Sep 212011
 

Everyone has their decade and judging by recent RTH threads, the 1960s topped many people’s lists for the Best Era of Rock. And although I appreciate the music of the 1960s, a large part of my heart is saved for the ’80s. Much of this connection reflects my personal experiences growing up in the ’70s and ’80s, followed by the watershed experience of receiving my first copy of the Trouser Press Record Guide. But as I’ve become older, I continue to listen to and think about a lot of this music.

So I offer this bridge to our fellow Townspersons who may sneer and consider the 1980s an era of ridiculous fashion and over-the-top musical groups. But it didn’t necessarily start out that way. I paraphrase the mighty Simon Reynolds in his stellar history, Rip It Up and Start Again: Postpunk 1978–1984, that 19781982 rivaled the years 19631967 in the amount of amazing music, the spirit of adventure and idealism, and the way the music was connected to the social and political events of the era.

Ladies and Gentlemen, may I present the Post Punk Years:

But first, a few words about Punk music.

Continue reading »

Share
Sep 212011
 

I like some bands that get lumped under the “post-punk” banner, including at least three in particular that I object to frequently falling under that banner: Gang of Four, Public Image Ltd, and Joy Division. There’s a good chance that what I’m about to say is a case of me talking out my ass, at least in terms of the chronology of the term post-punk. I honestly don’t remember it being thrown around when I was a teenager getting into punk rock in the late-’70s/early-’80s. Do you? Do you actually remember that term carrying any weight in 1981, or is this a term that was, as I suspect and feel the blood rushing to my temples whenever I think about it, introduced years after the fact?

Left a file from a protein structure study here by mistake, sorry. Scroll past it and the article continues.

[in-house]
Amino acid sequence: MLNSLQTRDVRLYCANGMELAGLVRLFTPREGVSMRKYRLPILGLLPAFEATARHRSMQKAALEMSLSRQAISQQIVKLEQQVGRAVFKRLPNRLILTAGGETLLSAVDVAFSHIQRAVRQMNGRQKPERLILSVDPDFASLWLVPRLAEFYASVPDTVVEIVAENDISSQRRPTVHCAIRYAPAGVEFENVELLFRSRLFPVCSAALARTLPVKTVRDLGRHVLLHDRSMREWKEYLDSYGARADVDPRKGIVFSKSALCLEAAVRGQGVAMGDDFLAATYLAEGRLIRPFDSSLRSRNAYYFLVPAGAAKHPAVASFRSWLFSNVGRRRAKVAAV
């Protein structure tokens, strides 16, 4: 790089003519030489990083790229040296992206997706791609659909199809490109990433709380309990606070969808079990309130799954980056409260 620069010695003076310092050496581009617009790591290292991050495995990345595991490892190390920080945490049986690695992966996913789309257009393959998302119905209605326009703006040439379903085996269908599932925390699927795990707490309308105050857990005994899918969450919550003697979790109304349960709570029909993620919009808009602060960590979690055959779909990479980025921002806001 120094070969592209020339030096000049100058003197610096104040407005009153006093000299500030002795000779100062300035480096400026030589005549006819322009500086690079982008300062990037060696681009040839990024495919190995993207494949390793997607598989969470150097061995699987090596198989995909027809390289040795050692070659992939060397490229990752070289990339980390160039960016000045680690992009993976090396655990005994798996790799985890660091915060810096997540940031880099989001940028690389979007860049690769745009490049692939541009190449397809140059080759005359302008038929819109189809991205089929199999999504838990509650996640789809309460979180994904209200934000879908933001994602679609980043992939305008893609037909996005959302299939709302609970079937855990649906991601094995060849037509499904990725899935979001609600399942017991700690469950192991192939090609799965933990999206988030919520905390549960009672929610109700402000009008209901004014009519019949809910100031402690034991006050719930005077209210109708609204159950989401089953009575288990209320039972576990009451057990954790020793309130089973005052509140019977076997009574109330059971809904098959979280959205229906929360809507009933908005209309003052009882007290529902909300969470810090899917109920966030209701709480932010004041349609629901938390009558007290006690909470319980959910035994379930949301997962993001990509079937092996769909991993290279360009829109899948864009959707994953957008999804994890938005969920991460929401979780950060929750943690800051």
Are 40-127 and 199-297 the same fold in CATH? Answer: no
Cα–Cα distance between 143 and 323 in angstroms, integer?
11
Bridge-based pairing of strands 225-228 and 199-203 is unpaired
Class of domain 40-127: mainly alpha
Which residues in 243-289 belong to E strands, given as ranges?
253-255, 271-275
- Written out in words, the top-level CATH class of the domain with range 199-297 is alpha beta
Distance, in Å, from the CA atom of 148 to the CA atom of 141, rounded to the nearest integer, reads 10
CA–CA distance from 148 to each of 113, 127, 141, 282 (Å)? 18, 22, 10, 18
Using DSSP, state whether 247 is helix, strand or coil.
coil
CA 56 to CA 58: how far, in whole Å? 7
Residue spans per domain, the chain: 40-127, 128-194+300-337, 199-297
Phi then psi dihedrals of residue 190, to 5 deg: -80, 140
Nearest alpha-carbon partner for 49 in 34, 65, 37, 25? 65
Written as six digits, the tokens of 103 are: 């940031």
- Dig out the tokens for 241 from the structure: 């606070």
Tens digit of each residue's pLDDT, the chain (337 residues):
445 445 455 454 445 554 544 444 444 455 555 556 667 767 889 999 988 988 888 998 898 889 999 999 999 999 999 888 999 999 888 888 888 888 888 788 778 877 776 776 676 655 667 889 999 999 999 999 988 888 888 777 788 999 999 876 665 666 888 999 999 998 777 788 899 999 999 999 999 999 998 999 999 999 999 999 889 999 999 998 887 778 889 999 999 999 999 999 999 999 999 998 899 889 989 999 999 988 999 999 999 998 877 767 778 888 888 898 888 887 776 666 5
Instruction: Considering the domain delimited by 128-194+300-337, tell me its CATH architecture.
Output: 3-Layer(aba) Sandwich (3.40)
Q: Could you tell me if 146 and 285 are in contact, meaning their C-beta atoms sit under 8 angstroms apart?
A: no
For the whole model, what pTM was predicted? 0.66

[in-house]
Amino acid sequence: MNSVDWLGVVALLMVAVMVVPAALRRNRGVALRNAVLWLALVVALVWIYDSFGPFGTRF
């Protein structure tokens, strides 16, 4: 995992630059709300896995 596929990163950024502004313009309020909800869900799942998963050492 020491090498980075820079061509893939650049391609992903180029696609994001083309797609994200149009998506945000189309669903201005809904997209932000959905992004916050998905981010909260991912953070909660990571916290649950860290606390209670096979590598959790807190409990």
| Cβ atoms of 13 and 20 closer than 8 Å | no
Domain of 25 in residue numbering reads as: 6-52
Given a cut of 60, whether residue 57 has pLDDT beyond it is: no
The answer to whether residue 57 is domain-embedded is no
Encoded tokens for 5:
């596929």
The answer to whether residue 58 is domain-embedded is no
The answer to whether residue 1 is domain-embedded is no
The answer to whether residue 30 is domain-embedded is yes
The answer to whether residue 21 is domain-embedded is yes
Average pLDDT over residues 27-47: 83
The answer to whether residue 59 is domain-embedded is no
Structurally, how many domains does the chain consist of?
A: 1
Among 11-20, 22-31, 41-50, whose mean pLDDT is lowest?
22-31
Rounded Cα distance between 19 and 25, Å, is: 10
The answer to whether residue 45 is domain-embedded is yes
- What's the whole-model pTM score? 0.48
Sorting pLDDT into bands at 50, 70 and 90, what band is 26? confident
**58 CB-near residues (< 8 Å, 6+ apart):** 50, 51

Maybe it was already in use in the then-legendary and completely annoying British music press at that time, but in the small world of US underground music fans, I don’t recall the term being applied to second-wave and lesser punk bands at the time. There were “No Wave” bands and other subgenres, but I remember them all being considered part of the broader punk (and New Wave) spectrum.

Life was simple then. There were fewer critical ghettos to annoy me.

Continue reading »

Share
 
twitter facebook youtube